Tuesday, May 3, 2016

Hop Wilson - Blues with Firends At Goldband

Houston blues legend Hop Wilson was born Hardin Wilson on April 27, 1927 in Crockett, Texas. He learned how to play guitar and harmonica as a child. He was nicknamed "Harp" at an early age for his frequent harmonica playing. Over time "Harp" became "Hop." When he was 18 years old, he received his first steel guitar and began playing at local juke joints and nightclubs. Hop served in the US Army during WWII. After his discharge from the Army, he decided to pursue a career as a blues musician, performing with Ivory Lee Semien's group in the late '50s. Wilson and Semien recorded a number of sides for Goldband Records in 1957. Wilson's unique style of slide guitar-playing on an eight-string table steel guitar has been a key influence on a number of blues guitarists, including Johnny Winter and Jimmy Vaughan.
These are the original trio sides with King Ivory Lee Semiens on drums and Ice Water Jones on string bass. Unfortunately, some of the tracks on this vinyl issue have electric bass and/or piano overdubbed to make them stereo recordings.

Filling a re-post request

Johnny "Big Moose" Walker - Rambling Woman

Johnny ‘Big Moose’ Walker, a big guy from Mississippi who left us in November 1999, at the age of 72, was part of the first blues generation, sharing this legacy with John Lee Hooker, Muddy Waters, Howlin Wolf, Earl Hooker, Sonny Boy Williamson, Elmore James, Otis Rush, Big Mama Thornton and few others. This wondrous keyboard player and singer dedicated three decades of his artistic life to the Chicago blues scene, but his best memories were those originated down south.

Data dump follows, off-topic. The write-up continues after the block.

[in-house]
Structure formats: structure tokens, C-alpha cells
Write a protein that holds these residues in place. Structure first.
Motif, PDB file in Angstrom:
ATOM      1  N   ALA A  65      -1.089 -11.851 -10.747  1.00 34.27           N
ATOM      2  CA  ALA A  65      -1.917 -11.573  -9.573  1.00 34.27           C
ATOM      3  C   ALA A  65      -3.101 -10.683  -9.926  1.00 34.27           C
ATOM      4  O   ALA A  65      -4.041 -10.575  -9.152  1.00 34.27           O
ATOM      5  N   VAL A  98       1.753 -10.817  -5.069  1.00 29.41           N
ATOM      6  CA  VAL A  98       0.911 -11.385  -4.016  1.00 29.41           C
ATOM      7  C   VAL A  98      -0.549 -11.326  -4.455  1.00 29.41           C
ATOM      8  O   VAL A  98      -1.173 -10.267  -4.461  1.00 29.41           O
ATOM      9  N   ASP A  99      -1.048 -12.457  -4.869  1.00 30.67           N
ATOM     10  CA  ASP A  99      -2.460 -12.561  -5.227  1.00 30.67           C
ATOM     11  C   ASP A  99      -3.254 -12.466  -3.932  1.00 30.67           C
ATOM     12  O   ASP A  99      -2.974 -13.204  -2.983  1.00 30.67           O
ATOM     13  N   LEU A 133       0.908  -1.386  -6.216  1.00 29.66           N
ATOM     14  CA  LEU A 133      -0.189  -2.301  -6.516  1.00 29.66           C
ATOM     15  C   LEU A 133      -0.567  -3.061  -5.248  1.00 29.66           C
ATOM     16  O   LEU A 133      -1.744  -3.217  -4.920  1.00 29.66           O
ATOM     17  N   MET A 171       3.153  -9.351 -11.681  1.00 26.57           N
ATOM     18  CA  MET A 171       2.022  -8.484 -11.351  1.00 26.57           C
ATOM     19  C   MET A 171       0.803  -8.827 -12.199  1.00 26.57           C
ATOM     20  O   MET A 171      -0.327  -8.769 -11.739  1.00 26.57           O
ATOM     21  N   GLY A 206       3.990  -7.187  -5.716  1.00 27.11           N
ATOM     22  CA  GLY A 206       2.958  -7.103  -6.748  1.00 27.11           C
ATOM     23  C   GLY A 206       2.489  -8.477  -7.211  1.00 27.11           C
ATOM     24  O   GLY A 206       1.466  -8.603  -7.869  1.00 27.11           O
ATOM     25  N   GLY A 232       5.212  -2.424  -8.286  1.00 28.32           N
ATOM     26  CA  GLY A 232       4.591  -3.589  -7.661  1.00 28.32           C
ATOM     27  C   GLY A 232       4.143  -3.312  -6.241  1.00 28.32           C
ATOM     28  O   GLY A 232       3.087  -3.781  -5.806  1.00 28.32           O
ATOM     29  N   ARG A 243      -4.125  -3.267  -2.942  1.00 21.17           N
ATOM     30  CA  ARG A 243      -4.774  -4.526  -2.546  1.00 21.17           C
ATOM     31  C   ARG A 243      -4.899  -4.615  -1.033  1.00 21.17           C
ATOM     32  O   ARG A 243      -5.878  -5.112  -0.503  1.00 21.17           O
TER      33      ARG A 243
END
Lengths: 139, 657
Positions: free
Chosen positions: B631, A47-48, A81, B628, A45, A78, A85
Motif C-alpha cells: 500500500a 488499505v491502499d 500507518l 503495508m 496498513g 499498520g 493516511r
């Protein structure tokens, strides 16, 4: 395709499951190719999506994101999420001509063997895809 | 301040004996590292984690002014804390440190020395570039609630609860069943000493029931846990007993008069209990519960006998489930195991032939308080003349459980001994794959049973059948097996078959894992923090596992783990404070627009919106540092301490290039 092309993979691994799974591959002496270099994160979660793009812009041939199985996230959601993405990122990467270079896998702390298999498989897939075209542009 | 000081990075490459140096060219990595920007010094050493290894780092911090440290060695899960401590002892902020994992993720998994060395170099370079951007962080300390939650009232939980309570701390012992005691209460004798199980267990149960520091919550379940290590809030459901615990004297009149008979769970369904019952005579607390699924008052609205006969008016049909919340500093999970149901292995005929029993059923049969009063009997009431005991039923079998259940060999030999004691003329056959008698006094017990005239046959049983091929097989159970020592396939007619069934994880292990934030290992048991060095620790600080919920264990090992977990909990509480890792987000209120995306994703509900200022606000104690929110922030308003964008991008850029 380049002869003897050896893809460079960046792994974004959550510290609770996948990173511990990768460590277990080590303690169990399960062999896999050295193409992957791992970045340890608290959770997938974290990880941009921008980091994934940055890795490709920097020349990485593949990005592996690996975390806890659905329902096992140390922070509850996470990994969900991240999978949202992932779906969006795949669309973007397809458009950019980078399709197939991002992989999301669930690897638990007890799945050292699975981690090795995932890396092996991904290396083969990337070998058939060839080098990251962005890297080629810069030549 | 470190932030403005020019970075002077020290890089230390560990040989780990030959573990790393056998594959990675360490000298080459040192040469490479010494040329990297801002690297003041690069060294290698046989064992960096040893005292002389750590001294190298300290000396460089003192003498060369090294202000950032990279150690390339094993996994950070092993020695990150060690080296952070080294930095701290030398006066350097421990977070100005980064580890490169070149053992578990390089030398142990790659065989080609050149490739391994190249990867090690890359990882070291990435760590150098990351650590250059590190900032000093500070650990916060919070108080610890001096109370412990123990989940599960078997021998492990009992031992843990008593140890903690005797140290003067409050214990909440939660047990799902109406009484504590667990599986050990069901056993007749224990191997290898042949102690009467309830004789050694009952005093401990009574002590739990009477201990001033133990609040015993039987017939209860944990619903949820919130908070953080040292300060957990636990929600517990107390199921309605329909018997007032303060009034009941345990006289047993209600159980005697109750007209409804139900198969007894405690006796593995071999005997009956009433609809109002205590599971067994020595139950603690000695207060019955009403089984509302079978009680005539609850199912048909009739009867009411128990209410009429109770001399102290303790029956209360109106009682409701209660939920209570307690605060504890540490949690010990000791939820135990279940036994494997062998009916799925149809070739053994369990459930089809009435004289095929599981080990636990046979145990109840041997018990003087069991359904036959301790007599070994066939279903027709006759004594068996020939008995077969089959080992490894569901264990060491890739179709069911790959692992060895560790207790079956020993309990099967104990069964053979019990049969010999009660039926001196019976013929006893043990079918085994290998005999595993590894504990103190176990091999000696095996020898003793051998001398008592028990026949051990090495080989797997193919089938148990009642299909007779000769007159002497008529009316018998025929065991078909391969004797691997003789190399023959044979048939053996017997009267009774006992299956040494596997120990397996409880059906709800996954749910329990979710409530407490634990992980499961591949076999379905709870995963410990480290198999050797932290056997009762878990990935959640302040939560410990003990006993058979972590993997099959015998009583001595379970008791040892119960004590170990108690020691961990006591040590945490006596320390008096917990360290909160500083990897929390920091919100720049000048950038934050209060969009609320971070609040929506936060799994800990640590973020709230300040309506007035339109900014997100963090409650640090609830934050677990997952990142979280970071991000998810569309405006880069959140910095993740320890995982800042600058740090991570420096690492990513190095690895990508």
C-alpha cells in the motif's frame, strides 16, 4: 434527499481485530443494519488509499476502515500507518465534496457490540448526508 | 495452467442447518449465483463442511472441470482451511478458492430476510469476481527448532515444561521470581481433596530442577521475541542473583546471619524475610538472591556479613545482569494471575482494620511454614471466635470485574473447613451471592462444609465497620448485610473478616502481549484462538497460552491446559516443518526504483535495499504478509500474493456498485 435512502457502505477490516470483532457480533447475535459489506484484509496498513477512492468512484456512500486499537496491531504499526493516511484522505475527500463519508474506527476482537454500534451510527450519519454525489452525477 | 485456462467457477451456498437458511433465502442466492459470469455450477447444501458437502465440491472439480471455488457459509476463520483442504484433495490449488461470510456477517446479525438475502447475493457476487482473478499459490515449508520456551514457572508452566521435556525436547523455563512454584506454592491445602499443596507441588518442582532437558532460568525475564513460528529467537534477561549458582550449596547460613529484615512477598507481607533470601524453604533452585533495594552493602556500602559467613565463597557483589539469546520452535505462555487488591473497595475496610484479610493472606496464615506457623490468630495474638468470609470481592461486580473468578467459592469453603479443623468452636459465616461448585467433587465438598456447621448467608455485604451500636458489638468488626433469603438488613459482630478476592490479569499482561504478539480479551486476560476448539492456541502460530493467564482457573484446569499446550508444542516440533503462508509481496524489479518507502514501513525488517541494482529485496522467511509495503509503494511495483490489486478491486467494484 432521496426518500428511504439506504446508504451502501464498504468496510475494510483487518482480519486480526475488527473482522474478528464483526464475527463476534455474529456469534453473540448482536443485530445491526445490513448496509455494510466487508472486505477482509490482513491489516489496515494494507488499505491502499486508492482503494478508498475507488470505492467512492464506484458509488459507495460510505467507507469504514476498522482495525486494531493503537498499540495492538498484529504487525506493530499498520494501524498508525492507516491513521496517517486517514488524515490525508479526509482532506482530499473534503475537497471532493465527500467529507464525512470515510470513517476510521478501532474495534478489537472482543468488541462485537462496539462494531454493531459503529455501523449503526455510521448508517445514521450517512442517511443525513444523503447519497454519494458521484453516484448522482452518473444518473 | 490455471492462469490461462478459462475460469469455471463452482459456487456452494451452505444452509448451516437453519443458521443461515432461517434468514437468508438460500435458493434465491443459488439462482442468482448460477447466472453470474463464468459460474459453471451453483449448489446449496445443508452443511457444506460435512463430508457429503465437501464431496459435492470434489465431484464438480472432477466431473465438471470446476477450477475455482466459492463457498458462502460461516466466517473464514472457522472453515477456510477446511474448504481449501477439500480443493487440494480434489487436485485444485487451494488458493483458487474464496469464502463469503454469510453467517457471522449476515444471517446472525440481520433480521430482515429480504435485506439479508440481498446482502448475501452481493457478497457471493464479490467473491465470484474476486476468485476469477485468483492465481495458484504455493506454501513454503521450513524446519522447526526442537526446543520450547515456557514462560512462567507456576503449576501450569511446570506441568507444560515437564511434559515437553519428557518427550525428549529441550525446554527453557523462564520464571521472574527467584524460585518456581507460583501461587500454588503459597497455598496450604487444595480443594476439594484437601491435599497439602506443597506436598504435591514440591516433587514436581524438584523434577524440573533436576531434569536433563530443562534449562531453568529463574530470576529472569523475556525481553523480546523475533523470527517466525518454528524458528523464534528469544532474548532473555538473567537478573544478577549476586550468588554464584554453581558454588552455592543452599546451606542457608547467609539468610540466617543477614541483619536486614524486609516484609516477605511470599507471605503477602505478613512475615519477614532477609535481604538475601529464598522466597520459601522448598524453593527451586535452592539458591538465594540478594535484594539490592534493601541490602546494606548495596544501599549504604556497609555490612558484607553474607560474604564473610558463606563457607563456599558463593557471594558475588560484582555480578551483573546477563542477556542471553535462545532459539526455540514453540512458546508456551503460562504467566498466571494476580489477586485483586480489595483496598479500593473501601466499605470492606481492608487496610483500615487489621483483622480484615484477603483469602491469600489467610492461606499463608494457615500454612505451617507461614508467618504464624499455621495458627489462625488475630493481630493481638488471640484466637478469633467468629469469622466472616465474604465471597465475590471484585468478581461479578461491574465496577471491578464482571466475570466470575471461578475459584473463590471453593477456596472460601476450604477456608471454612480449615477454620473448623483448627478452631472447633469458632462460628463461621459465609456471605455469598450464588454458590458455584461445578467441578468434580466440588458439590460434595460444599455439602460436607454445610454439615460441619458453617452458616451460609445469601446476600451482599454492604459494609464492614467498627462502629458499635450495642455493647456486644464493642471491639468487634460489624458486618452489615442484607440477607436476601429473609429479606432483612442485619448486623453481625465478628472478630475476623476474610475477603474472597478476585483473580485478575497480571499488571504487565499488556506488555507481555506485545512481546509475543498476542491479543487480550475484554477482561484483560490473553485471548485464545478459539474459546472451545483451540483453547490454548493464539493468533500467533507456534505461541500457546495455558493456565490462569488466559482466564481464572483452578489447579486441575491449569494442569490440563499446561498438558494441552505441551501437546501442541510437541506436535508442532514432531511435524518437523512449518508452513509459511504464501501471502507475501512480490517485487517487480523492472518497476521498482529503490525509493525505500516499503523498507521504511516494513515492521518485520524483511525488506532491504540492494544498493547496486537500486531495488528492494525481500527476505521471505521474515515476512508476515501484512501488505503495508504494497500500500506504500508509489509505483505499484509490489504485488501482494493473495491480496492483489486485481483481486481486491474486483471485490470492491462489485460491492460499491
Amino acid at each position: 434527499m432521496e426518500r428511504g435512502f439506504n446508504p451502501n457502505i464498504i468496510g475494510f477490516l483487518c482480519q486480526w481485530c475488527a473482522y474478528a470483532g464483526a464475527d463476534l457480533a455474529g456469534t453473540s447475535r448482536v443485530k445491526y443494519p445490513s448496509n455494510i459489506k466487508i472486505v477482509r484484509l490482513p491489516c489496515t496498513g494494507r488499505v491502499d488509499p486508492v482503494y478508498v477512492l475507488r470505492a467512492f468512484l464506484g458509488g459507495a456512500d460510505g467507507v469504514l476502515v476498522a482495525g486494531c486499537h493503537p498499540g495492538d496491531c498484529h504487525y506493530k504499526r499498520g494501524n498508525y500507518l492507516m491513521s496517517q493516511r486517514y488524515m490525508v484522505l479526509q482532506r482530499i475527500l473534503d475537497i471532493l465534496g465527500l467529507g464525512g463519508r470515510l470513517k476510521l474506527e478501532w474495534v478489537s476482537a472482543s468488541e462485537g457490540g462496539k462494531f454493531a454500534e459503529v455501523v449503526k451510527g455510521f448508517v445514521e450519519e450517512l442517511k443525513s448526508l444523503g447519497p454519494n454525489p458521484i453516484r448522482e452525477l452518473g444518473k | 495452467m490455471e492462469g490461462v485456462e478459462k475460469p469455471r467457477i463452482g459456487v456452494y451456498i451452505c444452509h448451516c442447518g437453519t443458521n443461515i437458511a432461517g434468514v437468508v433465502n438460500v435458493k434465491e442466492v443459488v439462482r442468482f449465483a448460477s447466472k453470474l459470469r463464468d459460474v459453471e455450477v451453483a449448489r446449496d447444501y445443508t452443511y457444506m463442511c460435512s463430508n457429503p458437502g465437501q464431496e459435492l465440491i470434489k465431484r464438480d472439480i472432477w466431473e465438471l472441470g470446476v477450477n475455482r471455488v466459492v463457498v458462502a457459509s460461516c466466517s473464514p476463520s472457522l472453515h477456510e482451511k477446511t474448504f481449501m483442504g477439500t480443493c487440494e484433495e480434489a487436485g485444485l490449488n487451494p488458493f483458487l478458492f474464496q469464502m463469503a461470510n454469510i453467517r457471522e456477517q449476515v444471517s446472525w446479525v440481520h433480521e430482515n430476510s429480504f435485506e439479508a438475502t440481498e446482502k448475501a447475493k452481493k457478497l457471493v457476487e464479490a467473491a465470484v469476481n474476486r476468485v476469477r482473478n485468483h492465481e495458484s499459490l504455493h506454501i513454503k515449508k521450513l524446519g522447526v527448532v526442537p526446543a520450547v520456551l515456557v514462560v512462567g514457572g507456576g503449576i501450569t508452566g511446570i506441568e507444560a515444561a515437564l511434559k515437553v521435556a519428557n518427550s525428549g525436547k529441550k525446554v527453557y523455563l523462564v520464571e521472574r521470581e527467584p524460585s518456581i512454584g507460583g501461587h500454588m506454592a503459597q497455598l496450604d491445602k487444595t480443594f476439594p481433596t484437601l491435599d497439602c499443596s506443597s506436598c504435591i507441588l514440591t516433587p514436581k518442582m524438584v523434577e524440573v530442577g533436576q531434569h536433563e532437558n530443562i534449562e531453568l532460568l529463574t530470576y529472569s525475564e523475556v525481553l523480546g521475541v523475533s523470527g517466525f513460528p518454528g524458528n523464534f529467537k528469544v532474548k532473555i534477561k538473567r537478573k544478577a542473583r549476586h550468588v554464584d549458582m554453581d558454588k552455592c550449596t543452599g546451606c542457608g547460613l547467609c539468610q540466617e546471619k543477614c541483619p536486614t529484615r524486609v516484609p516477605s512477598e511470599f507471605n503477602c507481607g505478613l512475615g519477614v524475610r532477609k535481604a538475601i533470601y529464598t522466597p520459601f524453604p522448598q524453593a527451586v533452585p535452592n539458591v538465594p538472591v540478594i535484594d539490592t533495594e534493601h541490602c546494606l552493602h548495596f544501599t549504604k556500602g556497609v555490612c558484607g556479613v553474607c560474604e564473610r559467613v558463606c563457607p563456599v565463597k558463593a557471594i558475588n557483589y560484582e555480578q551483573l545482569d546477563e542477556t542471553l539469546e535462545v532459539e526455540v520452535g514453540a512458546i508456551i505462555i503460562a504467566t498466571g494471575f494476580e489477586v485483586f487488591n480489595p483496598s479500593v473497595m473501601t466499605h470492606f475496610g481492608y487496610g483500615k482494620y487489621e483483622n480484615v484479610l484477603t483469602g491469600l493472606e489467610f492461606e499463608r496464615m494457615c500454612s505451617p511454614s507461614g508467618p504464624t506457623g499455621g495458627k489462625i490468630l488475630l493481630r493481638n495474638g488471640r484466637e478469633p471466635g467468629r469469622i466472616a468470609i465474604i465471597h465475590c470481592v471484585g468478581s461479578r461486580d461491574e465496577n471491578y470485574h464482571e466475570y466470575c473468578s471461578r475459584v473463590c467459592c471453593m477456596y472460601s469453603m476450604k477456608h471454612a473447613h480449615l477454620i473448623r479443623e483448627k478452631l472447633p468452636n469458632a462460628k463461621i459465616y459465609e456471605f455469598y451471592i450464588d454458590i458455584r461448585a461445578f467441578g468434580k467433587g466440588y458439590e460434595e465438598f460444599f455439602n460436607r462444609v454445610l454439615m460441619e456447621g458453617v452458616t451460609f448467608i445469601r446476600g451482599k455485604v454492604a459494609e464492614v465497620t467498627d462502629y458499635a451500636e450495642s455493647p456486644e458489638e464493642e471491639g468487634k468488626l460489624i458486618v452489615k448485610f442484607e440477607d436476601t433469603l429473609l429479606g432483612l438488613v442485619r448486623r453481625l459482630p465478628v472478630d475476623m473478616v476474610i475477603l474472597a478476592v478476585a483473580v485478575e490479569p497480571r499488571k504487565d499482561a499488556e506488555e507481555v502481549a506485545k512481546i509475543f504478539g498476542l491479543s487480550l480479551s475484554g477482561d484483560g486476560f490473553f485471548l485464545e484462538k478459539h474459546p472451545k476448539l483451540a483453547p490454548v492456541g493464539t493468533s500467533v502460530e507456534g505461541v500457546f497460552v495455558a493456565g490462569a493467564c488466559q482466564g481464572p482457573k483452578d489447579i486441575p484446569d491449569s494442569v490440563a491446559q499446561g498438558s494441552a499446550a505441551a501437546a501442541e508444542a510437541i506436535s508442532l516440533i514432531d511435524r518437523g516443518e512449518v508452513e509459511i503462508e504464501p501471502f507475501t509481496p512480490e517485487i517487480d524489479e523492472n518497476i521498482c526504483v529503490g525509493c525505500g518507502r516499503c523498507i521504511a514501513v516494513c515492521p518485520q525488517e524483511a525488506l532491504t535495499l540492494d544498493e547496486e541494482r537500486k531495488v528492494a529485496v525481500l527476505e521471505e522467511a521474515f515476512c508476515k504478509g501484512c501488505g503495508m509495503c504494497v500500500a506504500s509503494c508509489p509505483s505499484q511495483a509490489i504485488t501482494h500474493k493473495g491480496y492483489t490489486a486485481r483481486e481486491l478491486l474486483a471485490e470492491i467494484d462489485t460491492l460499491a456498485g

He was born in Stoneville, near Greenville, MS, and as a boy learned to play the organ in the local church, like his father before him. The young Johnny Walker played in Cleanhead Love’s band, with the Memphis-based bass player Tuff Green, then toured with Elmore James and Sonny Boy Williamson before serving in the U.S. Army in Korea 1953-55. On his return, Mr. Walker appeared in the West Coast to work with Lowell Fulson, then joined Ike Turner in Greenville.
Earl Hooker, Howlin' Wolf (Chester Burnett) and Johnny Littlejohn helped him enter the Chicago circle of the ‘60s, and there was not a better place and time for a bluesman. He connected with the pianists Sunnyland Slim and Johnny Jones and played bass with Otis Rush and Muddy Waters. Big Moose was featured on the Earl Hooker’s 1969 Bluesway album Don't Have To Worry. Bluesway producer Ed Michel was thrilled by Walker’s style, so much so to include him on his own album, Rambling Woman. Subsequently, Big Moose took part in the recording of If You Miss 'Im, I Got 'Im with John Lee Hooker and Earl Hooker.
In the 1970s and '80s Moose played with the guitarists Jimmy Dawkins, Mighty Joe Young, Son Seals and, of course, Johnny Littlejohn, with whom he shared fifty years of history since their childhood in Mississippi. That was the period when Walker settled in Montreal, playing and living the party life of his, as comfortably as he did on the Chicago South Side. He became a well-known and beloved character of the Montreal music scene that still echoes his favorite Blueberry Hill.

Filling a re-post request

Tabby Thomas - Hoodoo Party

LP gathering alternate takes and unreleased tracks from the mid 50's to mid 60's from Tabby. Just shows us how much excellent music went unreleased at the time.
Hoodoo Party is not on this LP.

Filling a re-post reguest

Sunday, May 1, 2016

Visitors requests....maybe you can help out

You can leave requests, comments  and replies in the usual way and after moderation they will appear below.
Please do not request new or easy to find CD's as they will not be posted here.


5th of February: Gerard Herzhaft -Willie Walker - Same on Haute 1108 (CD)

5th of February: Tom Thumb -Someone out there owning those old Negro Art / Highway 51 LPs?
I'm looking for
Big Son Tillis: Dayton Stomp/My baby WroteMe (Negro Art 368)